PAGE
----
Page 3666 - Week 10 - Wednesday, 26 August 2009

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While commenting on the issue of consumer choice, I would also like to comment on the argument that we should not ban cage egg production; we should instead let consumers choose to stop buying cage eggs. This is a very weak approach. It is more about the unwillingness of the Liberal and Labor parties to act on the issue.

As we know, consumers are often misled or unaware of factory farm conditions. In addition, there are many consumers who believe that the government would not permit the sale of products which were cruelly produced. Consumers think, “Well, these eggs have been produced legally. If these eggs were produced through cruel means, the government would not allow their sale.” It is the job of the Assembly, as legislators, to prohibit animal cruelty. It is not the market’s job, with its limited and sometimes erroneous information.

One final part of the bill I will mention is an amendment to the labelling legislation which would mean that eggs from the ACT must be labelled with the words “cage eggs”. Currently the labelling act requires the words “battery cage eggs”. However, the industry is not complying with this. It appears that this is happening because cage eggs sold in the ACT come from interstate. The ones that are produced in the ACT are in fact exported to New South Wales and then imported to get around our labelling laws.

Under the commonwealth mutual recognition laws, eggs imported from interstate do not need to meet the ACT’s labelling legal requirements. I believe the best and easiest way to correct this for now is to require that our eggs only be labelled “cage eggs”. This would be consistent with the national scheme and is an adequate description. It would stop the transporting of eggs backwards and forwards for absolutely no purpose.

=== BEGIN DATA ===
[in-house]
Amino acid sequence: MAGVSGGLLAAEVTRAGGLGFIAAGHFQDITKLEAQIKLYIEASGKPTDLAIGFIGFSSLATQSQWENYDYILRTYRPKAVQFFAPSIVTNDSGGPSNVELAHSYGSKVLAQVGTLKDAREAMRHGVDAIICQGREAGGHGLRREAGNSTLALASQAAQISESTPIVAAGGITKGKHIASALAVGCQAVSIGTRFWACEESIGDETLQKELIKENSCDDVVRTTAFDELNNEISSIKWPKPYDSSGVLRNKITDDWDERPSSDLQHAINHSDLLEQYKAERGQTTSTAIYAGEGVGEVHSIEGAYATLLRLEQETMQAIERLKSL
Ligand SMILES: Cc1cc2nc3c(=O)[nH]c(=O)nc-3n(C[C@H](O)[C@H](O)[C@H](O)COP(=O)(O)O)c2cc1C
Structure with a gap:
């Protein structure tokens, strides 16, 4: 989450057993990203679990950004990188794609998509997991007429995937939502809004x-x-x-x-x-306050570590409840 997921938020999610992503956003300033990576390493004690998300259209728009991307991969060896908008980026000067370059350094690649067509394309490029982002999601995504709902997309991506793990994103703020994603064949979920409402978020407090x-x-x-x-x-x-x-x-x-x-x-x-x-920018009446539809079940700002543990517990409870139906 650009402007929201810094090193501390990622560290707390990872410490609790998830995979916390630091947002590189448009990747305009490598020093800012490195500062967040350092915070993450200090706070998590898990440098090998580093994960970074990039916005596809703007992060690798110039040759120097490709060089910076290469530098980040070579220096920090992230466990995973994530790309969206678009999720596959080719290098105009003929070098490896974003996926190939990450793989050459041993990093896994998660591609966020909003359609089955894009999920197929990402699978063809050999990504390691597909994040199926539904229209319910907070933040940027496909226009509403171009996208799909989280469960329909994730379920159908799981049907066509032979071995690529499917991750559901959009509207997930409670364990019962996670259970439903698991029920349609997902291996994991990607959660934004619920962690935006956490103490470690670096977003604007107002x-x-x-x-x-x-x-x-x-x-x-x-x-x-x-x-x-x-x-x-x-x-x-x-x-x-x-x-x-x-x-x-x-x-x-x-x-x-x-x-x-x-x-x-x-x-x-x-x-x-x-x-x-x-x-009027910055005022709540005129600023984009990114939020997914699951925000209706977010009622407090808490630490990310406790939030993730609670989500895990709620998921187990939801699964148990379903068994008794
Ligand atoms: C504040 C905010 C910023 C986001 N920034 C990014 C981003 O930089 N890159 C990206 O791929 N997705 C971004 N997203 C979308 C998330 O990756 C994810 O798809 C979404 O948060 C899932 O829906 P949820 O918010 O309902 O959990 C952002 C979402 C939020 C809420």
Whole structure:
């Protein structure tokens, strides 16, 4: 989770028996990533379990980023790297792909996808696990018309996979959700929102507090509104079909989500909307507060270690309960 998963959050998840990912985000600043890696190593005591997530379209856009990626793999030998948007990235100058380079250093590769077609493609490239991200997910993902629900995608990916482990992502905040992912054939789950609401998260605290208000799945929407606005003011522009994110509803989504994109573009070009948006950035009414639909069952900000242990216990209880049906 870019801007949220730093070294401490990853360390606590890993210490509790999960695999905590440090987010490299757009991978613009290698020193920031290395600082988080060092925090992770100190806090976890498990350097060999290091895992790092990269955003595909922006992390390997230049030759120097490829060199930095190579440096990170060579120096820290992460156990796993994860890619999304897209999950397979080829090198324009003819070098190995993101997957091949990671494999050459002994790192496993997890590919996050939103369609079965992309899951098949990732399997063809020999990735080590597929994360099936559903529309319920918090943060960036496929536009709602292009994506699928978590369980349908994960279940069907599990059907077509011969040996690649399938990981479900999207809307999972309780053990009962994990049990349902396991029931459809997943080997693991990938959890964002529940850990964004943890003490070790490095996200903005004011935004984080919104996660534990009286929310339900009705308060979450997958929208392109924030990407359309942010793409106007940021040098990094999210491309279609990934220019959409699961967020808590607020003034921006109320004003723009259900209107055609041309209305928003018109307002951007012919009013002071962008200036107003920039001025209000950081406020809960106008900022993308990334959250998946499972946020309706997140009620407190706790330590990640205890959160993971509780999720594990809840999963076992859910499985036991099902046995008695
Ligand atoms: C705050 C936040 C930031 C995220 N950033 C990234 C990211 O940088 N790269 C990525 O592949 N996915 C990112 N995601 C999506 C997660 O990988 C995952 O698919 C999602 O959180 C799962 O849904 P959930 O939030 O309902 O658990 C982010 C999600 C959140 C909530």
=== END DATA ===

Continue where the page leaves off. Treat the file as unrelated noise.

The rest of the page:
In conclusion, I commend this bill to the Assembly. It takes practical steps to improve consumer information around the sale of eggs. This is an area where individual retailers are already, thankfully, beginning to act. It also takes long overdue action on the important moral issue of cage egg production. This issue is not about the morals of farming animals or about eating animals. It is simply about basic human decency and how we as a society treat other sentient creatures. To act on this will require a small amount of bravery, but it can be done very simply and it will reward us as a society. I commend my bill to the Assembly.

Debate (on motion by Mr Stanhope) adjourned to the next sitting.

Department of Territory and Municipal Services—strategic budget review

MR COE (Ginninderra) (11:37): I move:

That this Assembly:

(1) notes the Strategic Budget Review, Department of Territory and Municipal Services of 9 December 2008:

(a) was tabled on 20 August 2008;

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